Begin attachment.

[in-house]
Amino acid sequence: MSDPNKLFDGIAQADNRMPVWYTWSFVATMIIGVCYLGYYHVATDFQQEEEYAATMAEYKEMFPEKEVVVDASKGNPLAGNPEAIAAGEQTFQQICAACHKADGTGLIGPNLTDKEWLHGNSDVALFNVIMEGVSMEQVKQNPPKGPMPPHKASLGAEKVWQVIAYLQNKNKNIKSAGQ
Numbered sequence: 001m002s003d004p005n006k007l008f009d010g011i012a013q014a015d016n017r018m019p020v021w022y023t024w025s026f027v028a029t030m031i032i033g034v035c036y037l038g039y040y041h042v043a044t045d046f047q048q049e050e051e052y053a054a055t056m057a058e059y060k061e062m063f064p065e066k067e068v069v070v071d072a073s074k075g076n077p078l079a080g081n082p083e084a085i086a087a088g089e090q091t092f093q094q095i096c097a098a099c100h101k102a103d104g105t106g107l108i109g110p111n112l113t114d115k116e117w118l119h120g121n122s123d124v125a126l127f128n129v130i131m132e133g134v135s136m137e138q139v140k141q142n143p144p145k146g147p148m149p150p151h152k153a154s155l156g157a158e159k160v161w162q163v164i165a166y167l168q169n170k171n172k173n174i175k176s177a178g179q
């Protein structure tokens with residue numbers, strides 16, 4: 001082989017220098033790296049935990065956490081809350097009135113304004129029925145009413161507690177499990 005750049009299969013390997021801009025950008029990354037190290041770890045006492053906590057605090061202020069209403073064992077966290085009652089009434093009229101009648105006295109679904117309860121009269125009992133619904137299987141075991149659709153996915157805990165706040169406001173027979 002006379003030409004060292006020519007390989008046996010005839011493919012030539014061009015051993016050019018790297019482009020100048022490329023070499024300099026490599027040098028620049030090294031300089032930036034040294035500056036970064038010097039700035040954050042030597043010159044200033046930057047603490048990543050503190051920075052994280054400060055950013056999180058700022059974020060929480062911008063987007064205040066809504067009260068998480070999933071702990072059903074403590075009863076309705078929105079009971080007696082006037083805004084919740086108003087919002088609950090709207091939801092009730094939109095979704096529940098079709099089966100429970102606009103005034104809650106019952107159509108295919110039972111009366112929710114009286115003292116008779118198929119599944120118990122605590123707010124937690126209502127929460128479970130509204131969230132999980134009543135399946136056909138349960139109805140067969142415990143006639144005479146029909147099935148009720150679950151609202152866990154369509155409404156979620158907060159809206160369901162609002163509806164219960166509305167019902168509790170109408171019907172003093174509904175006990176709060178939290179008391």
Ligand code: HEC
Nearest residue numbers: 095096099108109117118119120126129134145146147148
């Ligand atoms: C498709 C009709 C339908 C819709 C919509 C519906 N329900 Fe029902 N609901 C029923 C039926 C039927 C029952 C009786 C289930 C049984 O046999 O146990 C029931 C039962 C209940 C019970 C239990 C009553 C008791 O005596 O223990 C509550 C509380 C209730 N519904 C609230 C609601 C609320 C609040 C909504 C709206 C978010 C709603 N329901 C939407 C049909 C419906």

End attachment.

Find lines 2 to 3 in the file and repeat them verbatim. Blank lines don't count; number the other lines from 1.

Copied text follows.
Amino acid sequence: MSDPNKLFDGIAQADNRMPVWYTWSFVATMIIGVCYLGYYHVATDFQQEEEYAATMAEYKEMFPEKEVVVDASKGNPLAGNPEAIAAGEQTFQQICAACHKADGTGLIGPNLTDKEWLHGNSDVALFNVIMEGVSMEQVKQNPPKGPMPPHKASLGAEKVWQVIAYLQNKNKNIKSAGQ
Numbered sequence: 001m002s003d004p005n006k007l008f009d010g011i012a013q014a015d016n017r018m019p020v021w022y023t024w025s026f027v028a029t030m031i032i033g034v035c036y037l038g039y040y041h042v043a044t045d046f047q048q049e050e051e052y053a054a055t056m057a058e059y060k061e062m063f064p065e066k067e068v069v070v071d072a073s074k075g076n077p078l079a080g081n082p083e084a085i086a087a088g089e090q091t092f093q094q095i096c097a098a099c100h101k102a103d104g105t106g107l108i109g110p111n112l113t114d115k116e117w118l119h120g121n122s123d124v125a126l127f128n129v130i131m132e133g134v135s136m137e138q139v140k141q142n143p144p145k146g147p148m149p150p151h152k153a154s155l156g157a158e159k160v161w162q163v164i165a166y167l168q169n170k171n172k173n174i175k176s177a178g179q